E-cigarettes have been plagued by controversy in recent years. And a new report, published in the open-access journal Respiratory Research, could add leverage to the debate. Scientists have previously found that smoking-related diseases, such as chronic obstructive pulmonary disease and asthma, are linked to specific bacteria. E-cigarettes, on the other hand, have a similar effect on these bacteria than traditional cigarettes.
Effects of cigarette smoke (CSE) and e-cigarette vapor (ECVE) on biofilms. Photo: Respiratory Research
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E-cigarettes are electronic products that mimic traditional tobacco. It has the same appearance, smoke, taste, and even the feeling of the smoker is not too great.
It is usually filled with nicotine solution of the pipe, evaporation device and battery three parts, through atomization and other means, e-cigarettes, such as nicotine into steam, and then by the user to smoke.
E-cigarettes are popular after increased efforts to control tobacco in many countries. Because it is considered a safer alternative to traditional tobacco, it is considered a reliable “stop-smoking” because it contains no harmful ingredients such as tar and aerosols.
However, the properties and safety of e-cigarettes have been controversial. At present, the United States, South Korea and other countries define e-cigarettes as tobacco products, Austria, Canada, the United Kingdom and other countries to e-cigarettes as pharmaceutical products, Italy, Russia and so on to define them as ordinary consumer goods. At the same time, as early as 2013, German researchers studied and analyzed e-cigarettes and found that e-cigarettes contain high levels of propylene glycol, which can cause respiratory irritation and lead to some acute symptoms, which may be more harmful than traditional cigarettes. Since then, studies have repeatedly suggested that long-term use of e-cigarettes may also lead to a reliance on nicotine.
Increases the harmfulness of lung pathogenic bacteria
Acute lung disease may be associated with the use of nicotine-containing e-cigarettes and traditional cigarettes, according to a new report. The team, from Queen’s College of Pharmacy in Belfast, UK, detailed the effects of cigarette smoke and e-cigarette vapor on bacteria known to be linked to long-term lung disease linked to smoking.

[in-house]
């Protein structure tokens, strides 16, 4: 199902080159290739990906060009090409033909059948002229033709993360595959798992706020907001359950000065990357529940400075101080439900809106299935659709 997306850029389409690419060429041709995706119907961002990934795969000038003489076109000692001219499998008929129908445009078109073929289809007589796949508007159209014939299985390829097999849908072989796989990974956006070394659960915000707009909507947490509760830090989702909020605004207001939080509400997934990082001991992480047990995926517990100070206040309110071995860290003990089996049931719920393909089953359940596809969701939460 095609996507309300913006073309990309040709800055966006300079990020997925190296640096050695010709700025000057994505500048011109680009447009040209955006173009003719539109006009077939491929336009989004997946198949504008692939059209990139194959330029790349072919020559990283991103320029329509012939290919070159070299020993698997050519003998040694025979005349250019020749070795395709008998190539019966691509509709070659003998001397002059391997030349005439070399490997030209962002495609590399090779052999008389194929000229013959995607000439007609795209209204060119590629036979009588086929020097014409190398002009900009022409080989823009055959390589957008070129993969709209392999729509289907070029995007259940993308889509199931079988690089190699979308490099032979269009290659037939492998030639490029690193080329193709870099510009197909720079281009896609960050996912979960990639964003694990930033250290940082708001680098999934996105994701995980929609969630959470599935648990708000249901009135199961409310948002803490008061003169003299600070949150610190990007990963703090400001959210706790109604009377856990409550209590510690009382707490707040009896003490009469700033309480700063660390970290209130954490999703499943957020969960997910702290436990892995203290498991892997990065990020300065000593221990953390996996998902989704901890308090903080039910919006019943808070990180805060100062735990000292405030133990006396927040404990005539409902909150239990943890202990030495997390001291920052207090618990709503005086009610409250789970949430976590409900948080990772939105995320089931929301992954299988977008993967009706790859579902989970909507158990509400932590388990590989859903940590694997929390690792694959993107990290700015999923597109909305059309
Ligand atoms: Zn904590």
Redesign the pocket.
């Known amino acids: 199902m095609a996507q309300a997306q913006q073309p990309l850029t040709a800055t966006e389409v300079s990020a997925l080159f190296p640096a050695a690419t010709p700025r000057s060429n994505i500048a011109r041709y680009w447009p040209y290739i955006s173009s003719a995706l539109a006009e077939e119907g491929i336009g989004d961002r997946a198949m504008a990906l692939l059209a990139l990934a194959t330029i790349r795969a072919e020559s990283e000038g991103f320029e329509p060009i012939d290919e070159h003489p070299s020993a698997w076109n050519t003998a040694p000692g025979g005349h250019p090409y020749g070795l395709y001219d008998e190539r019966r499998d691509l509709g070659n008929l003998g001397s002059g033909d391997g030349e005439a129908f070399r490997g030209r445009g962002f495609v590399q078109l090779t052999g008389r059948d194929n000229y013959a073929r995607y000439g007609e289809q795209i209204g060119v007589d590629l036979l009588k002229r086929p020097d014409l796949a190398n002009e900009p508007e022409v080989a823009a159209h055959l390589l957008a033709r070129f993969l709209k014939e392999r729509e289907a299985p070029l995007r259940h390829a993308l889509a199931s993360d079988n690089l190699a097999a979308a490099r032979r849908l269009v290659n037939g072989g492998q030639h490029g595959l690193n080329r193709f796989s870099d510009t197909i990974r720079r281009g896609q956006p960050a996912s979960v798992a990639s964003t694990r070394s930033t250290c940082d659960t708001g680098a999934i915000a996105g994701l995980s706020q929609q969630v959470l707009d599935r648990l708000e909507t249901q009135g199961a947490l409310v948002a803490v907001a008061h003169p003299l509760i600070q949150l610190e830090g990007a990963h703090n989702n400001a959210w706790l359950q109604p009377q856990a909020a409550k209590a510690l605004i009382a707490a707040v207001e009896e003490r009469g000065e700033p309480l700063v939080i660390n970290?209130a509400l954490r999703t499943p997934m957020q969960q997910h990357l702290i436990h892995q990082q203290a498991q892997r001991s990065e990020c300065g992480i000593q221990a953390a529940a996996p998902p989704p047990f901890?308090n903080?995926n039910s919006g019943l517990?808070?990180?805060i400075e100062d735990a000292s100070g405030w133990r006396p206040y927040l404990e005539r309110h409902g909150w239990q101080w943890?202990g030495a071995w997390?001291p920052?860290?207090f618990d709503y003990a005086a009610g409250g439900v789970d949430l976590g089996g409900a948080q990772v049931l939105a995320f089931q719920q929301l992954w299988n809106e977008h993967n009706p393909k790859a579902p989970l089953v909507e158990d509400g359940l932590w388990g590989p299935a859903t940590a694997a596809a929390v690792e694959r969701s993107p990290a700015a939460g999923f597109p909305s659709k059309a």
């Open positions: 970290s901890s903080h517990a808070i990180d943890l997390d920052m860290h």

The researchers cultured Haemophilus influenzae, Streptococcus pneumoniae, Staphylococcus aureus and chlorella chlorella in cigarette smoke extracts or e-cigarette vapor extracts. The control group was cultured in an environment free of cigarette smoke and e-cigarette vapor extract.
The researchers found that exposure to cigarette smoke or e-cigarette vapor extract did not appear to have a negative effect on the growth of these bacteria. But exposure to these extracts increased biofilm formation of these bacteria, and the effect did not appear in the unexposed control group. Biofilm is an polymer of one or more types of microorganisms, and the increase in biofilms is known to be a process in many different types of microbial infections.
The findings may suggest that cigarette smoke and e-cigarette vapor increase the harmfulness of common lung pathogens and contribute to the formation of stubborn infections.
To assess how harmful bacteria are when exposed to cigarette smoke or e-cigarette vapor extracts , or disease-causing changes, the researchers infected the larvae of large wax slugs, a model organism of human infection, to test the effects of bacterial infections on larvae survival. The survival rate of large wax cobs infected with bacteria exposed to cigarette smoke or e-cigarette vapor extract decreased compared to large wax cocoons infected with the bacteria in the control group.
In a further experiment, the team showed cases in which bacteria infected human lung cells when exposed to cigarette smoke extracts or e-cigarette vapor extracts, and found that these cells secreted an increase in the amount of leukocyte interleukin-8, an important factor associated with inflammation.
Every mouthful of smoke is bigger?
“A recurring theme of this study is the exposure of cigarette smoke and e-cigarette vapor, which have similar effects on bacterial behavior and pathogenicity,” said Dr. Derdri Kilpin, a communications author of the study. These findings suggest that e-cigarettes may have a similar effect on common lung pathogenic bacteria or are similar to cigarettes. “
The researchers cautioned that cigarette smoke and e-cigarette vapor extracts used in the experiment were prepared in a similar way and therefore may not reflect the difference in nicotine exposure between smoking and e-cigarette smoking.
“E-cigarette users have a larger, longer breath per cigarette and may increase nicotine intake than traditional smokers,” Kilpin said. Our model may therefore underestimate the nicotine exposure of respiratory bacteria in e-cigarette vapor. “
In the study, the researchers used a common brand of e-cigarettes with no additional flavor, and bacteria were exposed only once in smoke and steam extracts. They believe that further research is needed to investigate the effects of scented substances and long-term exposure in e-cigarettes.